Alison Day and her mother, Gail Jose have both been undergoing cancer treatment during the COVID pandemic on board a Hope for Tomorrow Mobile Cancer Care Unit (MCCU). Alison, 47 and Gail, 78 live in Gillingham in Dorset, and became aware of the Hope for Tomorrow Mobile Cancer Unit when it was operating outside their local surgery. The unit has proved to be a sanctuary for both mother and daughter, who are at-risk and clinically vulnerable and need to shield during the COVID pandemic.
Alison, who was diagnosed with breast cancer in September 2020, and Gail, who has a rare blood cancer, were able to meet for a socially distanced cup of tea and to undergo their treatments on the Hope for Tomorrow unit in Gillingham. Gail has been visiting the Mobile Cancer Care Unit for two years, and Alison has been attending weekly chemotherapy for nine weeks.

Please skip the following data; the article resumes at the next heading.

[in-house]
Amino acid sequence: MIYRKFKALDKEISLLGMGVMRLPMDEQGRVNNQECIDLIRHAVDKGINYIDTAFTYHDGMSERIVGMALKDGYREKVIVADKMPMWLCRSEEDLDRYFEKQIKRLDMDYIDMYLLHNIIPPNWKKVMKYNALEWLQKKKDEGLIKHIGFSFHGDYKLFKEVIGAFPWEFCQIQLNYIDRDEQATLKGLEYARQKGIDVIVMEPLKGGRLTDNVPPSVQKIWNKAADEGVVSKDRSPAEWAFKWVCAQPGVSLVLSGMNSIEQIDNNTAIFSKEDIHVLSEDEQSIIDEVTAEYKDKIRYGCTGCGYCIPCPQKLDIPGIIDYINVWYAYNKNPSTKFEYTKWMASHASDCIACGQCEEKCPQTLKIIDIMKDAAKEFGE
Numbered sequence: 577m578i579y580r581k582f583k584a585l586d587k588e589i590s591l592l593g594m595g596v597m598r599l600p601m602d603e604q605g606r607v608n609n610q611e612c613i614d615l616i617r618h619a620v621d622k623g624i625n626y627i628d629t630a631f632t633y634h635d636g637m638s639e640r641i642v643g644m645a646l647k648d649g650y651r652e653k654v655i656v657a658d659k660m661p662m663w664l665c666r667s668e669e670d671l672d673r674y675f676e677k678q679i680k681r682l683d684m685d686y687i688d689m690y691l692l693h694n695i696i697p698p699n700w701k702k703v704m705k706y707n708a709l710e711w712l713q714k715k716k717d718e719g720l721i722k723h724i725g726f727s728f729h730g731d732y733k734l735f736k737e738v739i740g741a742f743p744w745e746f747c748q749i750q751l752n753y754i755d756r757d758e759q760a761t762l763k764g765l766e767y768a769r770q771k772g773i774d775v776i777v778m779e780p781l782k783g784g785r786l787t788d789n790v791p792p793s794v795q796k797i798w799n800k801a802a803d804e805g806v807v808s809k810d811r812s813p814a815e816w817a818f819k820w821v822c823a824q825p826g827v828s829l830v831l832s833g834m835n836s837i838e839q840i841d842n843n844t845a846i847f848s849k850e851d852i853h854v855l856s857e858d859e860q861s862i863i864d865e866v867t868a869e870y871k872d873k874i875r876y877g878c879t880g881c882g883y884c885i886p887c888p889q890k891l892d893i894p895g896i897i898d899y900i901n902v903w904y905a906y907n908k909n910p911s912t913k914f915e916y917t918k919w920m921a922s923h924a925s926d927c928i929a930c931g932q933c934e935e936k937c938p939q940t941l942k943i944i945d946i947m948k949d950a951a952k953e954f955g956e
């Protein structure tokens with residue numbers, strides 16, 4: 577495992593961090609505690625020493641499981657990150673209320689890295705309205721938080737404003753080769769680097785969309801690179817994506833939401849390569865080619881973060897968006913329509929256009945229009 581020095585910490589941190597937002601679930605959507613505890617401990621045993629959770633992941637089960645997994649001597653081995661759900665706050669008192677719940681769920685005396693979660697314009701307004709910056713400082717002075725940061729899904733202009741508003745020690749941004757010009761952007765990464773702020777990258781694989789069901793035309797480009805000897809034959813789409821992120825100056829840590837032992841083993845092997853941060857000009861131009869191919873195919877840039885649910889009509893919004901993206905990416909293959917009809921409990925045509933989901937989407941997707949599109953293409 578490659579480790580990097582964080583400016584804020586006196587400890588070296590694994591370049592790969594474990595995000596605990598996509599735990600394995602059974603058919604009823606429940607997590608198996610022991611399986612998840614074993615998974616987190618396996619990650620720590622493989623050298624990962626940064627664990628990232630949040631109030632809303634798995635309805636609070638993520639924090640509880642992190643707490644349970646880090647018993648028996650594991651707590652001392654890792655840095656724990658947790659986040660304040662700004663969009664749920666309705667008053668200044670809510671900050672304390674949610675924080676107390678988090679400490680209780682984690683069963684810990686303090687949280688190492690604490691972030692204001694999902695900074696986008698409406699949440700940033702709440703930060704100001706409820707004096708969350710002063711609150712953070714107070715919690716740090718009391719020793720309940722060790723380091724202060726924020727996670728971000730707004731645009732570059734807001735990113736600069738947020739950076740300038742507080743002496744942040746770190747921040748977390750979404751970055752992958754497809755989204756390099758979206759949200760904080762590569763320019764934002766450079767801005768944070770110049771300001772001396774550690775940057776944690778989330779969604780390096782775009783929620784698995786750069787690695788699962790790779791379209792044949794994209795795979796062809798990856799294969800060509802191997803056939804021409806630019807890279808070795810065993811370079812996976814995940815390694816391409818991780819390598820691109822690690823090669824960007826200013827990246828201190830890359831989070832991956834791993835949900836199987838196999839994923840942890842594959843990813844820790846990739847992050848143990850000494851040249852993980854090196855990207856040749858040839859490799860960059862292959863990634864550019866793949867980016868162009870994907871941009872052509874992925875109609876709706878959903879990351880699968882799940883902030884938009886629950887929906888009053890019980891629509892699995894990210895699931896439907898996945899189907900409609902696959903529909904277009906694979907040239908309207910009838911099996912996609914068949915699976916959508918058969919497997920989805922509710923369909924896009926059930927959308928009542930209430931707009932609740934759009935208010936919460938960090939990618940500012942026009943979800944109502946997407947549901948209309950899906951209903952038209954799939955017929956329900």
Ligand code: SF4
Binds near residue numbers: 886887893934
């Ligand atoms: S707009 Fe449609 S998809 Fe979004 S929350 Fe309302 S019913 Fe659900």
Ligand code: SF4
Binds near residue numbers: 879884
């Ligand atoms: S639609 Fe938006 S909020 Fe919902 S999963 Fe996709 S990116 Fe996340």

Alison says: ‘It was fantastic to be able to attend a session together. This was the nearest we have been to each other in a year. It was a safe environment for us both, and we were masked up, but also managed to have a cup of tea together – it was almost like having an outing to a café!’
The Mobile Cancer Care Unit has made a real difference to Alison and her family’s life. She says: ‘What was brilliant in particular is that with COVID I couldn’t go to hospital as I am classed as clinically extremely vulnerable, and there are limited visits for people like me. The Hope for Tomorrow unit is a great way to still receive treatment in a safe, very calm and friendly environment, and our contact with people is limited, which is essential.’
‘It’s had a positive impact on my family too – it’s so much easier whilst juggling home-schooling and I didn’t need to rely on my husband to take me there and back as the unit was so much closer.
‘I am truly grateful for the treatment I received, and the Hope for Tomorrow Mobile Cancer Unit is amazing for those of us who need safe treatments during the pandemic and beyond.’